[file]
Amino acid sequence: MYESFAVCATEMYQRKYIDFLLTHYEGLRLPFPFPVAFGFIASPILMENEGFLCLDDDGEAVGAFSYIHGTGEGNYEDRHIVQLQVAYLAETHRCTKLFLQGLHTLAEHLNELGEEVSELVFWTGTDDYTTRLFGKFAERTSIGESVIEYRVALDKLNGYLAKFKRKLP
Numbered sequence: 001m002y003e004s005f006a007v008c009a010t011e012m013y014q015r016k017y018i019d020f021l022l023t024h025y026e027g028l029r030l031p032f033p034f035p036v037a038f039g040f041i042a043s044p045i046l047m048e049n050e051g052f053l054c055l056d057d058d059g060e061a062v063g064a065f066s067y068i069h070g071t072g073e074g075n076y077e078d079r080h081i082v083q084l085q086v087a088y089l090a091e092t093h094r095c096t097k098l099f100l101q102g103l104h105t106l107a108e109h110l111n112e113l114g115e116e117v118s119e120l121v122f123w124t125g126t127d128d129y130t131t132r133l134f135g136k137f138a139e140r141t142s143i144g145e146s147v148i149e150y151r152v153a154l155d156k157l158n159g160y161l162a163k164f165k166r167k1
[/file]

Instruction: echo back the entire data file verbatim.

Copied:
Amino acid sequence: MYESFAVCATEMYQRKYIDFLLTHYEGLRLPFPFPVAFGFIASPILMENEGFLCLDDDGEAVGAFSYIHGTGEGNYEDRHIVQLQVAYLAETHRCTKLFLQGLHTLAEHLNELGEEVSELVFWTGTDDYTTRLFGKFAERTSIGESVIEYRVALDKLNGYLAKFKRKLP
Numbered sequence: 001m002y003e004s005f006a007v008c009a010t011e012m013y014q015r016k017y018i019d020f021l022l023t024h025y026e027g028l029r030l031p032f033p034f035p036v037a038f039g040f041i042a043s044p045i046l047m048e049n050e051g052f053l054c055l056d057d058d059g060e061a062v063g064a065f066s067y068i069h070g071t072g073e074g075n076y077e078d079r080h081i082v083q084l085q086v087a088y089l090a091e092t093h094r095c096t097k098l099f100l101q102g103l104h105t106l107a108e109h110l111n112e113l114g115e116e117v118s119e120l121v122f123w124t125g126t127d128d129y130t131t132r133l134f135g136k137f138a139e140r141t142s143i144g145e146s147v148i149e150y151r152v153a154l155d156k157l158n159g160y161l162a163k164f165k166r167k1